For educational software to be successful in purpose and outcome, students need to be able to apply new skills to other learning environments. However, the degree to which CAI actually helps students has rarely been quantified. It is unfortunate that there is scant standardization by software publishers; in contrast to standardized-test developers, they have not been held accountable for validating their own claims. Field-testing of software products and validation of learning claims by publishers remains the exception rather than the rule (Buckleitner, 1999). If they do subject their software to rigorous scientific research, few publish the results. It is rare for educational software to be subject to empirical testing, via use of treatment and control groups, and comparative analysis to identify CAI as a factor—rather than variable—in increasing student test scores. It is rarer still for any educational software publisher to show concrete evidence of long-term gains after their software treatment.
In 2003, Merit Software commissioned consultants at the Marshall University Graduate College in South Charleston, West Virginia to conduct a control versus treatment group research study utilizing several of its reading and language arts programs in classrooms at the Calhoun County Middle/High School in West Virginia. The purpose was to evaluate the effects of Merit programs on students in grades 6 and 8. The results of the study showed that treatment group students increased achievement growth in several sub-tests of the West Virginia standardized test scores (Jones, Staats, Bowling, Bickel, Cunningham, & Cadle, 2004).
Study results demonstrated that treatment-group students scored better than the control group in several sub-tests of the Stanford Achievement Test, Ninth Edition (SAT-9). With a suitable complement of controls in place, treatment-group students increased their SAT-9 Reading Vocabulary score by 13.1% of the total sample mean and their Reading Comprehension score by 10.5%. Membership in the experimental group also yielded an average gain of 11.1% for the SAT-9 Language Expression sub-test and an average gain of 8.3% for Spelling.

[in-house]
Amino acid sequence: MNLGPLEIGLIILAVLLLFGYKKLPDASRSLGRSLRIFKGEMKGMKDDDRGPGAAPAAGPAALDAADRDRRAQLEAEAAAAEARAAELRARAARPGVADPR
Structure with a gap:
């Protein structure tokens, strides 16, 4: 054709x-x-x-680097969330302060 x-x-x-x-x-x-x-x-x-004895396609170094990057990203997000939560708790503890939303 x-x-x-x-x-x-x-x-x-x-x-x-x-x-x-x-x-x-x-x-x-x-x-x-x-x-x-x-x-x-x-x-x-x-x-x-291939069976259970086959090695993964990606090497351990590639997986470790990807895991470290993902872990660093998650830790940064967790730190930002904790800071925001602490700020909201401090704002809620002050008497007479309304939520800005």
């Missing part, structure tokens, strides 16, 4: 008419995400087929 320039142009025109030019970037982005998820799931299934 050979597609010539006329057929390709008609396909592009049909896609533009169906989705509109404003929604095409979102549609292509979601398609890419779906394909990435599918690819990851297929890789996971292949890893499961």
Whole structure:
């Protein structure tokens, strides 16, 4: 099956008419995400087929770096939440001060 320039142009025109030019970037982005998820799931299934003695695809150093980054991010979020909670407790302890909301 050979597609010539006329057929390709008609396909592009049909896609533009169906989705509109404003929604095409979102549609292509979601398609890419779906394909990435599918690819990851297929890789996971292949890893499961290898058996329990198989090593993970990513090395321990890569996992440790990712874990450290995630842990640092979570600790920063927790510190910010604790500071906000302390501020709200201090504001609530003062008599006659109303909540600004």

In 2004, Merit Software commissioned Marshall University consultants to conduct a second quantitative research study. The purpose was to follow up and extend the previous study. Researchers were to evaluate the long-term effects of Merit reading and writing software on students in grades 6, 7, and 8 in Calhoun County Middle/High School classrooms, determining whether the educational gains at Calhoun were short-lived or continuous. Results of the second study showed that treatment-group students outperformed control-group students on sub-tests of the West Virginia Educational Standards Test (2004 WESTEST). Low-achieving students in the treatment group made continuous advances in Reading and Language Arts; WESTEST scores for this group averaged 4.38 points higher than scores for low-achieving students in the control group. WESTEST Science scores were an average of 2.14 points higher; WESTEST Social Studies scores were an average of 8.23 points higher.
Though the second study was relatively short-term and non-intensive, it yielded statistically significant positive results (O’Byrne, Securro, Jones, & Cadle, 2005). The Merit treatment had the greatest impact on middle school students in the lowest class quartile—who were below the reading and language arts competency level expected by state guidelines. These students were considered struggling readers and “at-risk.” The second research study also confirmed that improved learning among students in reading and language arts correlated with educational gains in social studies and science.